Bartleby The Scrivener by Herman Melville displays conflicts between capitalistic values of wall street and the values of Christianity that are faced by the lawyer when interacting with the newly acquired Bartleby in the workplace.

Bartleby would start off as a rigorous worker, taking no breaks and writing for hours on end as a scrivener. Although proving to be a reliable scrivener he would lack participation elsewhere, when asked to look over a paper he would simply reply by saying “I would prefer not to” and soon after saying that he would not write again. In the end of the story, the lawyer leans over the body of a passed on Bartleby and says, “Ah Bartleby! Ah, Humanity!” It is believed that the lawyer blurts out these words due to the finding of Bartleby’s previous job and the foul treatment received from humanity. In the story, a rumor is revealed about Bartleby’s past life. This rumor tells the story of where Bartleby came from before becoming a scrivener. Bartleby was rumored to have been a worker in the Dead Letter section of the post office. He would review letters that were lost in the mail, containing content in which caused Bartleby to slowly remove himself from society completely.

 The lawyer is faced with the constant problem throughout the story of having to choose between the values raised with and those of business being unsympathetic and cutthroat. When dealing with Bartleby, he tries to show sympathy but overlooks the mistreatment of humanity. It is completely absurd in reality when people looked at him as a criminal due to his image or persona. Bartleby working with the Dead Letters took the ultimate toll. The letters can be viewed as another way of seeing the absurd nature of Bartleby’s life in the story, where his job was to destroy undeliverable letters so that any personal information inside would be protected. The narrators Ah Bartleby can be used as a show of pity to Bartleby. The lawyer shows great sympathy and offers to help Bartleby after making the discovery of him being homeless.

In hope of finding out more of Bartleby, the lawyer begins to reason with Bartleby asking of his personal life, however, Bartleby would reply “I would prefer not to”. The lawyer showed great concern for Bartleby when offering him to stay with him at his place, however, Bartleby would reject the offer responding with,  “I re-entered, with… and my heart in my mouth”. Ah, Humanity refers to the treatment of mankind throughout the story, the lawyer is seen separating himself from the scriveners to display his hierarchy. Following the foul treatment of his work as a scrivener. Bartleby would work for long hours throughout the day, without breaks into the night using a candlelight. This caused a strain on his eyes leaving them dull and glazed. In addition, Bartleby was seen to be homeless living inside of the office, with the pay as being a scrivener he received just four cents per one hundred handwritten words.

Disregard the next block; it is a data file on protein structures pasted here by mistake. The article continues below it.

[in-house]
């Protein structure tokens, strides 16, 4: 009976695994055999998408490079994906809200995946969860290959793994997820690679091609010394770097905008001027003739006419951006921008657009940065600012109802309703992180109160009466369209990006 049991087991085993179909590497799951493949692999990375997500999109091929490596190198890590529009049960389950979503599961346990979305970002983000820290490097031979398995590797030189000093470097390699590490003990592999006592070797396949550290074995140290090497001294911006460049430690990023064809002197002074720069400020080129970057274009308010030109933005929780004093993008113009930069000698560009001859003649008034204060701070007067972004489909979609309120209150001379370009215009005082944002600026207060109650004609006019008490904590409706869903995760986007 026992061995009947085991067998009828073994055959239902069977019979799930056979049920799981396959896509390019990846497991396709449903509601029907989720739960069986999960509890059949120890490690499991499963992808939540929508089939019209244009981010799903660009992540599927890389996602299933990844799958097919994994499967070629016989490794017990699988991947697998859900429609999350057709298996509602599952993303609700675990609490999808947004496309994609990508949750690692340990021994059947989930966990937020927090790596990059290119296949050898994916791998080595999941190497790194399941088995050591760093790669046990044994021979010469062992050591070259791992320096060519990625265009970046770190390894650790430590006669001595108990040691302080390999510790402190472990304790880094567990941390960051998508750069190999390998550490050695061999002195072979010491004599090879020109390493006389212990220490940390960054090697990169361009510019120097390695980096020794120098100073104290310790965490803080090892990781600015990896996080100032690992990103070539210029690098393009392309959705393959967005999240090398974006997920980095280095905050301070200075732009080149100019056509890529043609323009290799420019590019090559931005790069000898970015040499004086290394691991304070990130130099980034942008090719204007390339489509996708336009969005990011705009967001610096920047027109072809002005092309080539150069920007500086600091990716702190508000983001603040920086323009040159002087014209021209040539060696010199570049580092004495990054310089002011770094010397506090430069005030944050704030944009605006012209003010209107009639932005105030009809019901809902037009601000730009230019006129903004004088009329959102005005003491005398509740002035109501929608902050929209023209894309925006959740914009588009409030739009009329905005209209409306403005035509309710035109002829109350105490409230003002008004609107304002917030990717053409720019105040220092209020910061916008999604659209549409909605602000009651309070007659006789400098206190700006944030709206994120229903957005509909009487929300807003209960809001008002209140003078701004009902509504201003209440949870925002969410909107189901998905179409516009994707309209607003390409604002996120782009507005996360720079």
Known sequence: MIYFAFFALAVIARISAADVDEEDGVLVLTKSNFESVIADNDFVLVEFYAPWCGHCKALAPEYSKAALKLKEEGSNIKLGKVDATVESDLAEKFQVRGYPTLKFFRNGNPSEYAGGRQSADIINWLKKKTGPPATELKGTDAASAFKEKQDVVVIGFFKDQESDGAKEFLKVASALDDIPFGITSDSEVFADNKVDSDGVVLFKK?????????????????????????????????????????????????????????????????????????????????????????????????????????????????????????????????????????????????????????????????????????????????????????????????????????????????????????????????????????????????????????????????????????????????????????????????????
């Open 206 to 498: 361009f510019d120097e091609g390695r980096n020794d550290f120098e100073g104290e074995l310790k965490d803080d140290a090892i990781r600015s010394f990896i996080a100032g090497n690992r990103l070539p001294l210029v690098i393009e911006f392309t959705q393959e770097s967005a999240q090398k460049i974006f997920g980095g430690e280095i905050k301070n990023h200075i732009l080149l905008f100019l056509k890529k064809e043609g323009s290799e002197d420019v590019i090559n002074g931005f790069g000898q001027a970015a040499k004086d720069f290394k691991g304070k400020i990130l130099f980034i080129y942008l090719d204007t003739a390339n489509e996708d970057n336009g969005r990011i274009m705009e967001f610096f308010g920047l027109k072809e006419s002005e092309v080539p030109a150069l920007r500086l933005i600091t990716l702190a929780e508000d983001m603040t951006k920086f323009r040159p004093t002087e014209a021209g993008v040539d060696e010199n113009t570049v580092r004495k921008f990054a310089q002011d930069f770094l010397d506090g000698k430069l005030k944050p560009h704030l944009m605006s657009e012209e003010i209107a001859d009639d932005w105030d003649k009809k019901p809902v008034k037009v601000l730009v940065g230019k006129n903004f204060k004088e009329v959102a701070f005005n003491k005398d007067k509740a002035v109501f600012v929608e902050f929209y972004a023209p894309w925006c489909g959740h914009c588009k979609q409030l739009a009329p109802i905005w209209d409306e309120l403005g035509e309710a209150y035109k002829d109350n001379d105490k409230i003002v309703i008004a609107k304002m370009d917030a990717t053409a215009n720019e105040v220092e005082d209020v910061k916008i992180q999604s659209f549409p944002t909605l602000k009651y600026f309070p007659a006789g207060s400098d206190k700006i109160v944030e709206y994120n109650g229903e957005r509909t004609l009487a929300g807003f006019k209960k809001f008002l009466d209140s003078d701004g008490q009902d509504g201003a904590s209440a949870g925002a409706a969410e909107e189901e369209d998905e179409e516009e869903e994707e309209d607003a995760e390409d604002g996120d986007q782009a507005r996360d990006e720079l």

It is believed that this saying of Ah Humanity can be the narrator’s way of showing the misunderstanding of humanity he has. Although he was perceived as harmless, Bartleby would be sent to the tombs as a vagrant, there he would be allowed to roam freely. In the story “Bartleby The Scrivener”, it can be concluded that at this point Bartleby would have completely removed the rest of what was left of himself from society. “And I want nothing to say to you”, said Bartleby when approached by the lawyer. The lawyer would continue to show pity to Bartleby even within the tombs, making sure that particular special attention would be paid to his friend Bartleby.

 To conclude, Bartleby would soon perish due to starvation, the lawyer would emphasize the fact that Bartleby was once a clerk in the Dead Letter Office in Washington and had been removed due to a change in the previous administration. The lawyer continued to point out the fact that dead letters sound like dead men. I believe that the lawyer comes to his senses of humanity and how one can be treated without acknowledgment. The lawyer would begin to wonder if the job Bartleby once held were all in connection with his, a loss with humanity.

Bartleby spent a great portion of his life reading letters that never reached their destinations, often from or intended for people who passed on. The lawyer would finally realize the cause of Bartleby’s reasoning found in the rumor. Ah, Bartleby! Ah, Humanity!


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